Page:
Believe it or not, some patients have attempted DIY dentistry on themselves or on their loved ones. If you’re appalled by this idea… good! Like car airbag installation, parachute packing, or heart surgery, dentistry should never be an amateur DIY pursuit.
Trends in DIY Dentistry
Despite most reasonable people agreeing that dental treatment should be left to dentists, plenty of patients across the globe have tried to solve their own dental issues with often catastrophic results. While it’s easy to poke fun at these misadventures, these victims usually have legitimate reasons for their attempts. Many Americans are fortunate to have good access to professional dental care, but this is not true of many other nations. Additionally, the cost of dental treatment drives some to try self-treatment.
Most dentists will fill thousands of cavities during their careers. It is a very routine procedure. But, what if you’re suffering from a painful cavity and cannot get to a dental office? One truck driver decided to do the job himself. He “cleaned out” the cavity using a dental pick and an electric toothbrush. He then decided to “fill” the cavity with a metal adhesive designed for automotive work. Once he was able to visit an actual dentist, the tooth had to be pulled.
The above example is certainly extreme, but patients do poke, prod, and scrape at suspected cavities all the time. While most will not try to fill their own cavities, many attempt minor, at-home dentistry before seeing a licensed dentist.
Dental veneers are a versatile solution for many common cosmetic dental complaints. However, veneers can be somewhat costly, and some dental insurance plans will not cover this treatment. Whenever there is an opportunity, someone will exploit it. So, it’s no surprise that unscrupulous manufacturers have started offering one-size-fits-all mail order veneers. These “veneers” typically range in price from $10-$30 and are made of weak materials that are not designed to endure the stresses of long-term use.
Dentists are seeing the same trend with mail order nightguards for bruxism—another term for teeth grinding during sleep. Again, these nightguards are supposedly mass-produced solutions for the problems resulting from bruxism, including teeth wear and jaw pain.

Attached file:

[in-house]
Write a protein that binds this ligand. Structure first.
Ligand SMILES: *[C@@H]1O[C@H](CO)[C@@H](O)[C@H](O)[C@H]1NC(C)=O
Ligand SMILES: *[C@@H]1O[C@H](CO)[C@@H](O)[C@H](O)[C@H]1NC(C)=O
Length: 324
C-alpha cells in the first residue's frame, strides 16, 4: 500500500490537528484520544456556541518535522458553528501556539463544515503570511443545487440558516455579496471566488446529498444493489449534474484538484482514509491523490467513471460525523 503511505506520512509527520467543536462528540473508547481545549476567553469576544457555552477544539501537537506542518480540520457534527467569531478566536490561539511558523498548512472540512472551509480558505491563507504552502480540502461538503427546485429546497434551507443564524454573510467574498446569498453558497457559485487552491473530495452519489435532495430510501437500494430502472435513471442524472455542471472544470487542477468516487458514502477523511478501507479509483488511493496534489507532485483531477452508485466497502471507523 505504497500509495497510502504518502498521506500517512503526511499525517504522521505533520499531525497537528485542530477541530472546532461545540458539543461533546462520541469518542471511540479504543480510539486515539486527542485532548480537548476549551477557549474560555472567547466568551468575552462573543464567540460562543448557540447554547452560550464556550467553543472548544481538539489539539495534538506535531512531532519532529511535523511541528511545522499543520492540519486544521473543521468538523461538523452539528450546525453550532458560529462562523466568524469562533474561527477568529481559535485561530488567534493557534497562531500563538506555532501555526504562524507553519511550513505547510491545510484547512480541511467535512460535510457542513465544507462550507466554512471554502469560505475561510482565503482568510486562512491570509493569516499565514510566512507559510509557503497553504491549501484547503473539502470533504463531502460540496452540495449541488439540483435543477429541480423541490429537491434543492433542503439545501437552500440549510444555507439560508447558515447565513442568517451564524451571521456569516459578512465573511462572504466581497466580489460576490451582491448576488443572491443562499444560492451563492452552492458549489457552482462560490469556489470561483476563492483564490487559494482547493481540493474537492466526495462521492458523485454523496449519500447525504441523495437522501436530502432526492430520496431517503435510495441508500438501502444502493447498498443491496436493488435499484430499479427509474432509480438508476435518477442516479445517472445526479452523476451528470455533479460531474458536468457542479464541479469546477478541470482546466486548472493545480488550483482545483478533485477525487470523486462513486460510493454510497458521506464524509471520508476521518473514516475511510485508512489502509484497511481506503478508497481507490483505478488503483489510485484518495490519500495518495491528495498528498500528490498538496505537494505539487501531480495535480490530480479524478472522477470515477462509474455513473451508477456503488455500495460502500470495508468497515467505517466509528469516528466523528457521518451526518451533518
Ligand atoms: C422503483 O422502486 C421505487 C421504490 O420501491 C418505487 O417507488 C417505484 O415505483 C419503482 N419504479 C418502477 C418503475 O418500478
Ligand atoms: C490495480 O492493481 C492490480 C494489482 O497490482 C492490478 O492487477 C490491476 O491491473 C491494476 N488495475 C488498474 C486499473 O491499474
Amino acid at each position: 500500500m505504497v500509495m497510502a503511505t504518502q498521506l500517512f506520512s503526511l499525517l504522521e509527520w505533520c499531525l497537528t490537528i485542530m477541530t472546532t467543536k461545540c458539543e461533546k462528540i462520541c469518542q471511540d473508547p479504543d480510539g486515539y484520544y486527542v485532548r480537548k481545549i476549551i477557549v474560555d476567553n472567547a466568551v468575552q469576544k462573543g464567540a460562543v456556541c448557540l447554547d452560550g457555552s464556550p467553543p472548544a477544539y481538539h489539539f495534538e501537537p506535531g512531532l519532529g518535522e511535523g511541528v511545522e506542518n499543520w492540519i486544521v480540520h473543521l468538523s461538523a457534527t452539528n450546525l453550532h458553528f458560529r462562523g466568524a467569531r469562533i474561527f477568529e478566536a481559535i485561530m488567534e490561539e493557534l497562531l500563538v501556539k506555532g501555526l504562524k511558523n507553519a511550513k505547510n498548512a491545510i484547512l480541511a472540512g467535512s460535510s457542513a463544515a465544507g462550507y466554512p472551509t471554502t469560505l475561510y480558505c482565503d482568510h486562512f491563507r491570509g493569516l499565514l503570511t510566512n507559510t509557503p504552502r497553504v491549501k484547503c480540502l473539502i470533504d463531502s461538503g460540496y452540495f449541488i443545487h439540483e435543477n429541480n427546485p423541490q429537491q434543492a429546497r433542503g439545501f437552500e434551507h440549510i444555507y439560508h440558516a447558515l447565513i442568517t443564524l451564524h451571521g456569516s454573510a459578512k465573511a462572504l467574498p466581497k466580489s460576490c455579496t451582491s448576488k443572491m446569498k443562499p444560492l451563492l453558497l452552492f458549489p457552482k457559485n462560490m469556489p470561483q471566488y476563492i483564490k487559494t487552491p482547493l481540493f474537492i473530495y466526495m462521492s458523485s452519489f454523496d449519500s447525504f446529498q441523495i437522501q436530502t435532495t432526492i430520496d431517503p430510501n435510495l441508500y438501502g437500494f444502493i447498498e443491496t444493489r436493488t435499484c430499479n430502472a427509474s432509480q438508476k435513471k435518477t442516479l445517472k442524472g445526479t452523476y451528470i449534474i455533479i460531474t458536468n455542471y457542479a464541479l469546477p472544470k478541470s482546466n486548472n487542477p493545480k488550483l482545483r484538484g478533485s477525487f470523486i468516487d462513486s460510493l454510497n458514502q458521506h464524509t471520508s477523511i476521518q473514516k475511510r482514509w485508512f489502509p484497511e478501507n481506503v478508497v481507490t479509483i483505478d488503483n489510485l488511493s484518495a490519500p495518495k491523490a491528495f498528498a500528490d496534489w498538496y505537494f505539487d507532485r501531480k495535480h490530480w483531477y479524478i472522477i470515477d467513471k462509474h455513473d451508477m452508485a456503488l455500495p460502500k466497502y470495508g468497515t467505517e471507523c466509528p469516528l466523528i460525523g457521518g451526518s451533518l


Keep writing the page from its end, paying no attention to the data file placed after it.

Who doesn’t want a dazzling smile? Many dentists offer professional teeth whitening as both in-office treatments or as take-home kits. But, some patients are now turning to DIY teeth whitening using common household items like baking soda and charcoal. Even with common stories of people using incorrect ingredients or the wrong proportions, the internet is rife with instructions on how to produce your own whitening pastes or treatments.
There was even a case of a teenage patient who created her own “whitening tray” in an attempt to mimic professional whitening systems. She made the tray out of inferior plastic, and it promptly warped around her teeth. Fortunately, she had no permanent damage to her teeth or to her mouth, but the outcome could have been disastrous.
Dangers of DIY Dentistry
For most DIY dentistry attempts, simple failure is the best case scenario. If you produce your own whitening solution in your kitchen and suffer nothing more than teeth that are still yellowed, consider yourself lucky. For many, the results of DIY dentistry can cause lasting harm to both their oral and overall health.
Tooth Loss and Infection
Adult teeth do not regrow, and neither does gum tissue. If you go digging around in your mouth, you risk losing teeth or causing damage that necessitates tooth extraction by your dentist. You can also cause severe harm to the periodontium—the soft tissue, ligaments, and bone that support your teeth. Surgery is often needed to correct such damage.
Have you noticed that your dentist wears gloves and a mask and that everything in the treatment area is sparkling clean? This is because oral infections are a serious concern. Sticking strange things in your mouth can cause an infection. Oral infections do not threaten only your teeth and gums but can also spread throughout your body, endangering your life.
One Size Does NOT Fit All
Legitimate veneers, night guards, and other dental work are all custom-made. Your oral anatomy is like your fingerprints—unique to you. There is no such thing as a one-size-fits-all solution in dentistry, and mass-produced veneers and oral appliances are not worth the money…no matter how cheap they appear to be!
Using these products can do much more harm than good. An appliance that is not designed for your individual mouth can push your teeth out of their correct alignment, can alter your bite, and can even harm your jaw joints.
Talk to Your Dentist
Dentists understand that each patient has different needs and that all face unique challenges. A good dentist is willing to work with their patients to address concerns about appearance, discomfort, cost, and more. Take the time to speak with your dentist before turning to amateur dentistry or to questionable products. You could save yourself a lot of time, frustration, money, and pain.
- American Dental Association. “DIY Dental Treatments: What Your Dentist Thinks.” 29 November 2018. https://www.mouthhealthy.org/en/az-topics/d/diy-dentistry
- Jadun, S. et al. “DIY Dentistry: Clip-on Veneer.” British Dental Journal. 27 April 2018;224:557.
- Kwon, S.R. et al. “Efficacy of do-it-yourself whitening as compared to conventional tooth whitening modalities: an in vitro study.” Operative Dentistry. January-February 2015;40(1):E21-27.
- Misra, S.B. et al. “DIY Dentistry.” British Dental Journal. 22 April 2006;200:417-418.
- Omran, A. “DIY Whitening.” British Dental Journal. 25 August 2017;223:239.
- Solana, K. “ADA launched public awareness campaign discouraging DIY dentistry.” American Dental Association. 2 August 2018. https://www.ada.org/en/publications/ada-news/2018-archive/august/ada-launches-public-awareness-campaign-discouraging-diy-dentistry